HIV Cure Study Provides Insight into 2008 Case
CNN/Stylemagazine.com Newswire | 7/18/2016, 11:43 a.m.
By Meera Senthilingam
(CNN) -- In 2008, one man, Timothy Ray Brown, was cured of HIV.
Also known as the "Berlin patient," Brown was considered cured of his infection after receiving two bone-marrow transplants to treat a separate disease he had been diagnosed with a few years earlier: acute myeloid leukemia.
The bone marrow he received came from a donor whose genes carried a rare mutation that made them resistant to HIV, known as CCR5-delta 32, which was transferred on to Brown.
Traces of the virus were seen in his blood a few years later, but remained undetectable despite him not being on antiretroviral treatment, meaning he was still clinically cured of his infection, according to his clinicians.
Despite various attempts on patients after him by scientists using this same approach, including a similar transplant in two Boston patients, Brown remains the only person known about who has been cured of HIV.
But a new study presented Sunday at the 2016 Towards an HIV Cure Symposium -- ahead of the 21st International AIDS conference in Durban, South Africa, this week -- revealed data on a new set of HIV positive patients whose reservoirs of HIV have fallen to very low levels after receiving a range of stem cell transplants similar to Brown's.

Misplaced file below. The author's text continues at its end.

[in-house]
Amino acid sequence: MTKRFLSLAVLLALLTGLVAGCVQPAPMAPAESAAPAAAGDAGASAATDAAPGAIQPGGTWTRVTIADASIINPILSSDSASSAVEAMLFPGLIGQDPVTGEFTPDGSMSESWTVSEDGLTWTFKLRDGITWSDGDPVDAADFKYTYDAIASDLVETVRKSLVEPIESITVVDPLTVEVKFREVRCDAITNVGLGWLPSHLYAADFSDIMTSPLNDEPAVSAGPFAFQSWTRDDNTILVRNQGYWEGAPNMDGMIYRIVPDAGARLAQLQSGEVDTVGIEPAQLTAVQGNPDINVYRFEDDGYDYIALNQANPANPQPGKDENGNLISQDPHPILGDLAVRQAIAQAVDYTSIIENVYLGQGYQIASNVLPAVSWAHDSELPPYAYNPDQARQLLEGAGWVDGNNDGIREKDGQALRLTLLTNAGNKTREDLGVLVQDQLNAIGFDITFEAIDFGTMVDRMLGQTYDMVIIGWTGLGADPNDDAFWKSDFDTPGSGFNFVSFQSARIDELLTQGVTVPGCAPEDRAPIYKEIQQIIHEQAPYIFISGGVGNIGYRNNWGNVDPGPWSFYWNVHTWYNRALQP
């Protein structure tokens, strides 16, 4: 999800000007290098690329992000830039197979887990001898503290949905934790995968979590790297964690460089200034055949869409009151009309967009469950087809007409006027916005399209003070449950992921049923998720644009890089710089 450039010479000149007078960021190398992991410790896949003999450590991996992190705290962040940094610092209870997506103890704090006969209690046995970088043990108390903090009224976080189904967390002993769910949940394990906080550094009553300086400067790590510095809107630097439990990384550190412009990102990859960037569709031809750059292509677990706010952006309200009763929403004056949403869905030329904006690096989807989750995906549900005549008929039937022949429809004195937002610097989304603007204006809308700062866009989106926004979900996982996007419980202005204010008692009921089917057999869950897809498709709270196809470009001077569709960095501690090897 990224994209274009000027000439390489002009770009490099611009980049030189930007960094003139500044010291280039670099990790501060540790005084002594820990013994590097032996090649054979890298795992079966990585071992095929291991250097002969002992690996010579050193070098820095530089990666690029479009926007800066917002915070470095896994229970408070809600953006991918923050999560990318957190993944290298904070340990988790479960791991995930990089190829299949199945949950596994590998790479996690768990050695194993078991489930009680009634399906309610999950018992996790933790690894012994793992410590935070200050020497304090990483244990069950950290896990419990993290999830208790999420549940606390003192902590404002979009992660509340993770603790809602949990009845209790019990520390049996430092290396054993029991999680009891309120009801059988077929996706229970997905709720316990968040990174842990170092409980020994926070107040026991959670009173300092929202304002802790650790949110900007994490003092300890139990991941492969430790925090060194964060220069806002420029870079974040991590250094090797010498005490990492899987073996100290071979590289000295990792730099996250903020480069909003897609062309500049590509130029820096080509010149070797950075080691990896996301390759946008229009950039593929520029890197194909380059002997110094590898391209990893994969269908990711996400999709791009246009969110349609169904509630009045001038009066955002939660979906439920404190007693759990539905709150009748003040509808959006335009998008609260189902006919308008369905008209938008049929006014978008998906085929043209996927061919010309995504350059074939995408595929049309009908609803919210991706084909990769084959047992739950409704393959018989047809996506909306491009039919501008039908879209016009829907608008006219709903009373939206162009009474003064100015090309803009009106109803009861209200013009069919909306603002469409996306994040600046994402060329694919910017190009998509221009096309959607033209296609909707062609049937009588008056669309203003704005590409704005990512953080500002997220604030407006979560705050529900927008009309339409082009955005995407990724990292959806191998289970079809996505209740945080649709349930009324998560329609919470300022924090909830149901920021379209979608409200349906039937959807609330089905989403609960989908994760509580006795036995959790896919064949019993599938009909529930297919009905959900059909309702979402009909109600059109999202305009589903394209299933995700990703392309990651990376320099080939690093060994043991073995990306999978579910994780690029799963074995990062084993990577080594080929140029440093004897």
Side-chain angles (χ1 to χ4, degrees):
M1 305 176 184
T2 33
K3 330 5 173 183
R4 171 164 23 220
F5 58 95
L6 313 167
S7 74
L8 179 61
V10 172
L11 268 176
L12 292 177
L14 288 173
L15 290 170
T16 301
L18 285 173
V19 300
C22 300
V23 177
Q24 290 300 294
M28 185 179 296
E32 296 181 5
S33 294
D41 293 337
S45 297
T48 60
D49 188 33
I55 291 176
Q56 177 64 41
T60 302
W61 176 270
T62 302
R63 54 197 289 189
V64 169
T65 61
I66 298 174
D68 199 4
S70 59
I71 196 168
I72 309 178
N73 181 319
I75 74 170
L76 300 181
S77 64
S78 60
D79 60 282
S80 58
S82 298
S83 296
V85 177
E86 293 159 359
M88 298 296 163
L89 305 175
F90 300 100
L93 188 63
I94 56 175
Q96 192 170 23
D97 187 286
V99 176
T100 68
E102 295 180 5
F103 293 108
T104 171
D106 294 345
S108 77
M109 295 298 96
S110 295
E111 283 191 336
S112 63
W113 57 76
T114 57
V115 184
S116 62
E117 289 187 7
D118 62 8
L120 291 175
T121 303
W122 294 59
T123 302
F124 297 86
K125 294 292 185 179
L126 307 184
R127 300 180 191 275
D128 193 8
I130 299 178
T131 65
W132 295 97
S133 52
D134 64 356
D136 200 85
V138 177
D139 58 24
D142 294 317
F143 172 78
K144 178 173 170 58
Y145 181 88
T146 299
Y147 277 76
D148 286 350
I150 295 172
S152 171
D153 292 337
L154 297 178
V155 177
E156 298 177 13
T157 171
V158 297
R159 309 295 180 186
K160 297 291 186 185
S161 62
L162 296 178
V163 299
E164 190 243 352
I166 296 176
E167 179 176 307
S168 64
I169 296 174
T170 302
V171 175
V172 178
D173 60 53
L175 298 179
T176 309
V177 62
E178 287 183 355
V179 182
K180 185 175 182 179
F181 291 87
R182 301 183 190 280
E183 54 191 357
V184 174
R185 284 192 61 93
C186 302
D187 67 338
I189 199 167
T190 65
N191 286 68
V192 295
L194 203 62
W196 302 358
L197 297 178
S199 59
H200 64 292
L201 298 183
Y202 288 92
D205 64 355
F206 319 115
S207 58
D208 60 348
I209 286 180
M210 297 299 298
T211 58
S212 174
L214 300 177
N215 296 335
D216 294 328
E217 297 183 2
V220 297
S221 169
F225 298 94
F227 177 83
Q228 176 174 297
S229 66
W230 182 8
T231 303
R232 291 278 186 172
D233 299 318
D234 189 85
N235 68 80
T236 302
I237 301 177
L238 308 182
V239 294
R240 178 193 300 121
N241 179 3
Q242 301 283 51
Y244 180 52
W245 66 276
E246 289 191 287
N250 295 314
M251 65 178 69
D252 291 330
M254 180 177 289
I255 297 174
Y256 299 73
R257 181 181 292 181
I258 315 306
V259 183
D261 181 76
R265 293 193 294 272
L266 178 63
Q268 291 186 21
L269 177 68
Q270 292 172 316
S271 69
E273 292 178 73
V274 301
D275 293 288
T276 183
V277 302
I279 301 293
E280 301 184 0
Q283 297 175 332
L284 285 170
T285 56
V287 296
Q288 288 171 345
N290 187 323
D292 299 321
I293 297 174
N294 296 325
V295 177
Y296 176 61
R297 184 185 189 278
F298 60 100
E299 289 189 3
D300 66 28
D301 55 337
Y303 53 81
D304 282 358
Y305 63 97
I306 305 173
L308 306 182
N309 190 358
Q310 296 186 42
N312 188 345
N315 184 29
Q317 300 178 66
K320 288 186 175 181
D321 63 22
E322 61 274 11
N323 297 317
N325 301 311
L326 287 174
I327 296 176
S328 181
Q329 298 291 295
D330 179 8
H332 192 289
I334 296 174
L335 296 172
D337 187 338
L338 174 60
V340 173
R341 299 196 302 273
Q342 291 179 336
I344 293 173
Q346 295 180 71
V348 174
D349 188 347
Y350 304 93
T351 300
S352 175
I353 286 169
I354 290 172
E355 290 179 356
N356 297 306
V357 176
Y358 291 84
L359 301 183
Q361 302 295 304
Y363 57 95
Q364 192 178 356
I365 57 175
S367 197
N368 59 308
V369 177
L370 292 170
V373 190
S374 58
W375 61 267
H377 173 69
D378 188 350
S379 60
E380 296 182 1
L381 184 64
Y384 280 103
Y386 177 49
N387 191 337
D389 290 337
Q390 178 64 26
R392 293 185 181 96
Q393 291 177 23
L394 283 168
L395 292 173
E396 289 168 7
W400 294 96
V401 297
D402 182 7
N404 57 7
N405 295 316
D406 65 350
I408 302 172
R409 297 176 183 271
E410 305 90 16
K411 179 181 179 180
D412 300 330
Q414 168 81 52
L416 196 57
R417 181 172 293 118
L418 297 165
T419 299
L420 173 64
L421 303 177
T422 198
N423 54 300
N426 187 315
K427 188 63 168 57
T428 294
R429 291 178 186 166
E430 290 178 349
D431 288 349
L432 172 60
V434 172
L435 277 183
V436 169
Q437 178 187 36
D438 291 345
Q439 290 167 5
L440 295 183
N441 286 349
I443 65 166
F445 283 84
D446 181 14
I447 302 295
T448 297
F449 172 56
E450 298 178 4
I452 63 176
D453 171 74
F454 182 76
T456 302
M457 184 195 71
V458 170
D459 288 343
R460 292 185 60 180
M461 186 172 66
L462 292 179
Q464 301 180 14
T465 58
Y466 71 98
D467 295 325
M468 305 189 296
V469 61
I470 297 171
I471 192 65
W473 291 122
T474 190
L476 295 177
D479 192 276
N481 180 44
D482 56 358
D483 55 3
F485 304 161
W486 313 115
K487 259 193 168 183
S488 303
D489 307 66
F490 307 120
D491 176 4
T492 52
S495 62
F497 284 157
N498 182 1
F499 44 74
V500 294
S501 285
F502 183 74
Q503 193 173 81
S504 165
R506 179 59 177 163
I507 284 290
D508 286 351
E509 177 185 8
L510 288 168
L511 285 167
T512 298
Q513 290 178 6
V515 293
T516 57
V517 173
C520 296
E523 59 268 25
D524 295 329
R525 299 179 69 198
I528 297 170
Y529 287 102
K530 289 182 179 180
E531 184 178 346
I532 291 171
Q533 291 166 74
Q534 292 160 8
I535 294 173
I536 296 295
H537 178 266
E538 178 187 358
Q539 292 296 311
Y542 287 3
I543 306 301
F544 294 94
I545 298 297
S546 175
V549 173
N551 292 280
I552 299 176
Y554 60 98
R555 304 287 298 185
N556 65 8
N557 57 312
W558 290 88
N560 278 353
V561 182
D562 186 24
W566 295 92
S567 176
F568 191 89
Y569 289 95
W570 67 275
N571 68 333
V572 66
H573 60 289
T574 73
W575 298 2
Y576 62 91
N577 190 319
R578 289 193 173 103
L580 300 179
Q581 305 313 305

The study is part of the EPISTEM project, a European project to investigate the potential for an HIV cure using stem cell transplantation, and provides further insight into the science underlying Brown's success.
Everyone included in the project is in need of stem cell transplantation to cure severe blood disorders, in addition to being infected with HIV.
Can stem cells bear a cure?
The 15 patients monitored in the study to date are still on antiretroviral treatment, unlike Brown, but have received stem cell transplants. Three of them had their operations three years ago and have been studied in detail since.
"In two of the three patients we were unable to detect infectious virus in the blood of the patients," said Annemarie Wensing, a virologist at the University Medical Center Utrecht who led the study. Tissue samples were also studied and one patient also had just traces of the virus hiding there.
"All HIV-infected patients that received a stem cell transplantation had a significant reduction of the viral reservoir in their body. This has not been demonstrated with other cure strategies," Wensing said.
The minute levels of the virus that have been seen to date were not considered competent enough to replicate, according to the team.
"[This] will help us shape future HIV eradication strategies that could be applied at a larger scale than stem cell transplantation," said Wensing.
But there's a long road ahead.
"What's interesting is that these patients have survived more than a year," said Sharon Lewin, director of the Peter Doherty Institute for Infection and Immunity and co-chairwoman of the symposium. "There was concern that maybe when you take a CCR5-delta32 bone marrow it doesn't engraft as well, but these patients have survived to 12 months."